Wow - this comment, a joke, reminds me of something els ,that was not -- this guy I dated who actually did talk about this song as the anthem of a typical baby boomer -- willing to point out all the problems but not take any actual responsible.

(He was cute and smart but man what a headache. How dropping bombs like that in conversations wasn't a big red flag that we weren't going to work out I will blame on youth and his particular brand of cute/smart combination.)
posted by MCMikeNamara at 12:18 PM on March 25 [1 favorite]


"You should know by now; you've been there yourself."

*nods sagely*

That said, he shouldn't be afraid to try again.
posted by Eideteker at 12:22 PM on March 25 [1 favorite]


Ah yes, "We Didn't Start the Fire" : the song where Billy Joel disavows all responsibility for late 20th-century history. Personally, I think he's got a guilty conscience. Who was accusing him anyway?

The FIRE was the internal BURNING URGE to MURDER!
posted by grubi at 12:22 PM on March 25


Chrysostom: "Weird Al's a pretty mellow guy, hard to imagine him doing something out of spite."

He is awesome.

Saw him wear this shirt in concert twice, tho. :)
posted by zarq at 12:26 PM on March 25


TROUBLE IN THE SU-EZZZZ

I always heard that as "trouble in the sewers". Because of those pesky alligators!
posted by Omnomnom at 12:59 PM on March 25 [3 favorites]


Self-promoting, I guess, but I did have fun doing this.
posted by Chrysostom at 1:03 PM on March 25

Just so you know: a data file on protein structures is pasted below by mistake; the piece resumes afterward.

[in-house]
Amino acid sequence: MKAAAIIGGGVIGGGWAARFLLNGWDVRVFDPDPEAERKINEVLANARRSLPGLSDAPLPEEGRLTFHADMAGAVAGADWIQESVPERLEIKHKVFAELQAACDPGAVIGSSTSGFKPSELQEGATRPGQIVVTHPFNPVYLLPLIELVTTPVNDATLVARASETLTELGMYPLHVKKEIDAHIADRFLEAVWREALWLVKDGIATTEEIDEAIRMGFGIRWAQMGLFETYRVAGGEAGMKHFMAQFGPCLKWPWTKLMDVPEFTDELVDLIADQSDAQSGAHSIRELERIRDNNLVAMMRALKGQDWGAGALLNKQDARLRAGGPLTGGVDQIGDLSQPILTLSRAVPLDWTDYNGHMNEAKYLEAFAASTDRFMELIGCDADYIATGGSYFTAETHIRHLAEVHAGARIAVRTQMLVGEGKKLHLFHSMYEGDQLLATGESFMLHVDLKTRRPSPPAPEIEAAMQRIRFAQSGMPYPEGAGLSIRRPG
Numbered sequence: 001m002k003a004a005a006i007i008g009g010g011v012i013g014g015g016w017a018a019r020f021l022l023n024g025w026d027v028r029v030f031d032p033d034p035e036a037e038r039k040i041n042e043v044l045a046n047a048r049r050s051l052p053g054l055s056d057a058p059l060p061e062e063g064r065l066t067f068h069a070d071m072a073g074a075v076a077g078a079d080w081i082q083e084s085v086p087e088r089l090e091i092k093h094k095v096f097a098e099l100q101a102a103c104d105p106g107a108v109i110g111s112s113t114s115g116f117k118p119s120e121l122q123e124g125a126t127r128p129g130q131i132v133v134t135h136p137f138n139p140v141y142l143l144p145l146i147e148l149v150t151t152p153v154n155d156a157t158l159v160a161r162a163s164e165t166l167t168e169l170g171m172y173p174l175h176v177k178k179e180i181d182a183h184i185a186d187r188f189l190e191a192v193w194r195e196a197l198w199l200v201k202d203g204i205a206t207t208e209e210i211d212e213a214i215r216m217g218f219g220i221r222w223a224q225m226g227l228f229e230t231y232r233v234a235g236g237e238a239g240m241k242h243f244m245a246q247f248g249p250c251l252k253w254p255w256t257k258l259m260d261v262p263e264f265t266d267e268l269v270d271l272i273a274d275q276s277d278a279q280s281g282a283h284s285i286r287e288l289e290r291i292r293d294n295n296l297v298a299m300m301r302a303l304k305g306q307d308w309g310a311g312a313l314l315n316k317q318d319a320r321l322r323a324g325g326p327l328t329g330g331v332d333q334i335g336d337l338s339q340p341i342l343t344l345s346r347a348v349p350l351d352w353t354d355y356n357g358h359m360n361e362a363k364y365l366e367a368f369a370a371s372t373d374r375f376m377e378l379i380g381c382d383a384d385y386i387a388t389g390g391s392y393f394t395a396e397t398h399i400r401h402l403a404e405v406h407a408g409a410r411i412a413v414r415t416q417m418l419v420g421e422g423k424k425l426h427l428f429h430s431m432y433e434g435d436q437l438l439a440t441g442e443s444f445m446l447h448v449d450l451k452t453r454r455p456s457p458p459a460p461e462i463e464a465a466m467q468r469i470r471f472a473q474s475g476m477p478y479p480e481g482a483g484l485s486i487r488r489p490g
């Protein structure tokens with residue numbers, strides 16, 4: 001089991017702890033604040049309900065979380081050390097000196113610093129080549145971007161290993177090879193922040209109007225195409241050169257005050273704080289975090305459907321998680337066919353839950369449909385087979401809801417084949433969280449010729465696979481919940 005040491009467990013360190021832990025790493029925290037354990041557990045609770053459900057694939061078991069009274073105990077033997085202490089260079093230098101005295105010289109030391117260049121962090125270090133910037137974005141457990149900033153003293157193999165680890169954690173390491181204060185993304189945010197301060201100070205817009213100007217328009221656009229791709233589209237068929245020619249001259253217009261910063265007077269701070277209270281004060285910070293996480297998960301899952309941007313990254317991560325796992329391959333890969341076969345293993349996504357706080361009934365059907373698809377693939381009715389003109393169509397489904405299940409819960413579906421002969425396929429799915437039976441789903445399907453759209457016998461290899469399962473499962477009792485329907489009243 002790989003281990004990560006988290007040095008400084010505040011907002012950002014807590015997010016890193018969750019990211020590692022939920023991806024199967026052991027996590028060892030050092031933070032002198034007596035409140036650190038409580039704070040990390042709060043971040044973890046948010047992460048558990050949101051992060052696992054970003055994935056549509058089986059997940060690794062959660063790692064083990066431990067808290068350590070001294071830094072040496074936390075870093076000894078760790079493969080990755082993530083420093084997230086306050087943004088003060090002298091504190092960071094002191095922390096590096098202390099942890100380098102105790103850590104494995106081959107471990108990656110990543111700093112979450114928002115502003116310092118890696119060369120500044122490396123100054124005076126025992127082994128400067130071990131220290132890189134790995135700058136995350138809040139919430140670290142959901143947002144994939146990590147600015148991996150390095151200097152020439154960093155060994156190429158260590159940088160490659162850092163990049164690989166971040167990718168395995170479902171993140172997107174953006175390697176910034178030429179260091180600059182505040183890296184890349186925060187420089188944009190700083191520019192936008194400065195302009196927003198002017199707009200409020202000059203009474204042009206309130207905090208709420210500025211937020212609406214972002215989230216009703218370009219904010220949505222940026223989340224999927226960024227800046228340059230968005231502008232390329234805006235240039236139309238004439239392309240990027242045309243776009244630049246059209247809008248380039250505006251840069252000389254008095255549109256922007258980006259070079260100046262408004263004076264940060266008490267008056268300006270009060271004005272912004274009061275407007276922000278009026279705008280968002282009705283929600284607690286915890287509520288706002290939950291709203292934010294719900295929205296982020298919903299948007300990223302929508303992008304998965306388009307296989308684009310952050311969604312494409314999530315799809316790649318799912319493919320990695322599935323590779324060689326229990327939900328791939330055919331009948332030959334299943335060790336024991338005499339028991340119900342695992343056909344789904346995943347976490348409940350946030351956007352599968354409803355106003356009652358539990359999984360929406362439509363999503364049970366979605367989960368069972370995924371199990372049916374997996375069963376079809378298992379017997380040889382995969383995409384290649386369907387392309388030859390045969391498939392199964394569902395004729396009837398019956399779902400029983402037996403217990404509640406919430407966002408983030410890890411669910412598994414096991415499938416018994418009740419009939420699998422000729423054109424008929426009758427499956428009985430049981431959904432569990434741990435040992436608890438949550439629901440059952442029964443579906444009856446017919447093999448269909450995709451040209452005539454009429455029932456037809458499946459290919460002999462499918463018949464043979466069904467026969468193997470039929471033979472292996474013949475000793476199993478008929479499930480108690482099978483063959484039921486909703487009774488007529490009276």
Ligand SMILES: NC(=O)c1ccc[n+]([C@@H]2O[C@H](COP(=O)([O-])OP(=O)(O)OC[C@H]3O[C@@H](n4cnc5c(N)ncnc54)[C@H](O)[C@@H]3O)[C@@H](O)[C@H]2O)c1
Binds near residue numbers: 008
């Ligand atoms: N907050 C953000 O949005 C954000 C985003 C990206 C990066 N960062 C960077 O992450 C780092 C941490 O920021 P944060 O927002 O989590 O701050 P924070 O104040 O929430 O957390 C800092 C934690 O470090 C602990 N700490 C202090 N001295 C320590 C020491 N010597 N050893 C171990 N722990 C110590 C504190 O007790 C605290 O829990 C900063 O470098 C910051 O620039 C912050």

Still on this Weird Al search. Joel has actually performed "It's Still Billy Joel To Me." I can't find a recording of it, alas, but good for you, Joel.
posted by Joey Michaels at 1:09 PM on March 25 [3 favorites]


TROUBLE IN THE SU-EZZZZ

Omnomnom: I always heard that as "trouble in the sewers". Because of those pesky alligators!


I believe you were thinking of "Uptown C.H.U.D."
posted by Atom Eyes at 5:07 PM on March 25 [3 favorites]


I always heard that as "trouble in the sewers". Because of those pesky alligators!

For me it was "Chocolate in the sewers."
posted by Sys Rq at 5:28 PM on March 25 [1 favorite]


I think anyone in my generation who grew up with a piano in the house that was played has a real soft spot for Joel.

There were precious few pop stars in the eighties that really played piano, as a lead instrument particularly, and Elton John was pretty shite. Musically, Joel has much more going on.

The fact that Joel clearly knew piano, clearly had the same kind of piano background we did, built his songs in a solid technical fashion and paid very clear homage to musicals and show tunes -the only other accessible sheet music we had that wasn't rubbish or Bartok - not to mention his somewhat... melodramatic bent - meant that we loved him.
posted by smoke at 5:36 PM on March 25 [2 favorites]


Yeah -- if you were a teen in the 80s and you played piano, there was a lot to love about Billy Joel. Pressure and Billy the Kid alone could keep me practicing scales and chord progressions long past what my teacher would ask of me.
posted by tzikeh at 6:17 PM on March 25


Pressure and Billy the Kid alone could keep me practicing scales and chord progressions long past what my teacher would ask of me.